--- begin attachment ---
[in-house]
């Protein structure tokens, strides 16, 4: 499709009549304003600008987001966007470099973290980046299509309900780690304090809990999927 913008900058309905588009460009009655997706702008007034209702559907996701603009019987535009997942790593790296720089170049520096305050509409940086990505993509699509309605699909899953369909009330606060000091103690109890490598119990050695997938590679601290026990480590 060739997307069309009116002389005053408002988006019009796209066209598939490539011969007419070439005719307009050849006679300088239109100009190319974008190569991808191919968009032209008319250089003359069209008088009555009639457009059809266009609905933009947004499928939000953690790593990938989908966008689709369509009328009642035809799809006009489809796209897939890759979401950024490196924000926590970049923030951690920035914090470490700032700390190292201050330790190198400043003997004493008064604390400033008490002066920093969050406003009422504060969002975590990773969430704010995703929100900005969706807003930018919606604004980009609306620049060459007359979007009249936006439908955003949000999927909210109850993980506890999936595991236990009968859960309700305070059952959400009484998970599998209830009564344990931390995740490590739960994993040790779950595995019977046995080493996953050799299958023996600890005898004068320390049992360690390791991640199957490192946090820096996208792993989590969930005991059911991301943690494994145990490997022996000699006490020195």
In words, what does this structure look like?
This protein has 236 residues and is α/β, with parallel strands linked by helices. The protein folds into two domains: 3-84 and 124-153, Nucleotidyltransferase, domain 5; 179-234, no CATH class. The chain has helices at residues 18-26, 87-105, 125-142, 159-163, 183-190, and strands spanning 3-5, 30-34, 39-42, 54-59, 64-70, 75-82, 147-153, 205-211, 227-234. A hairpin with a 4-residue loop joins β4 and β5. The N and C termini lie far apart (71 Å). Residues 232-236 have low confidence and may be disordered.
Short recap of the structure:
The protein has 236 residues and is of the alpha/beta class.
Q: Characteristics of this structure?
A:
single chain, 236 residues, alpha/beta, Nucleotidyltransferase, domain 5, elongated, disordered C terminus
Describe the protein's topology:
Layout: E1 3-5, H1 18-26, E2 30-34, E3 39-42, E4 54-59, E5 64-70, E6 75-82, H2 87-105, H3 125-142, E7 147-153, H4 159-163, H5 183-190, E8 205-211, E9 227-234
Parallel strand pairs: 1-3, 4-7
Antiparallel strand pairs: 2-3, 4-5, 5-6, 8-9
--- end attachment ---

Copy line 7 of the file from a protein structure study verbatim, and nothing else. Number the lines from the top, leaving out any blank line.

Q: Characteristics of this structure?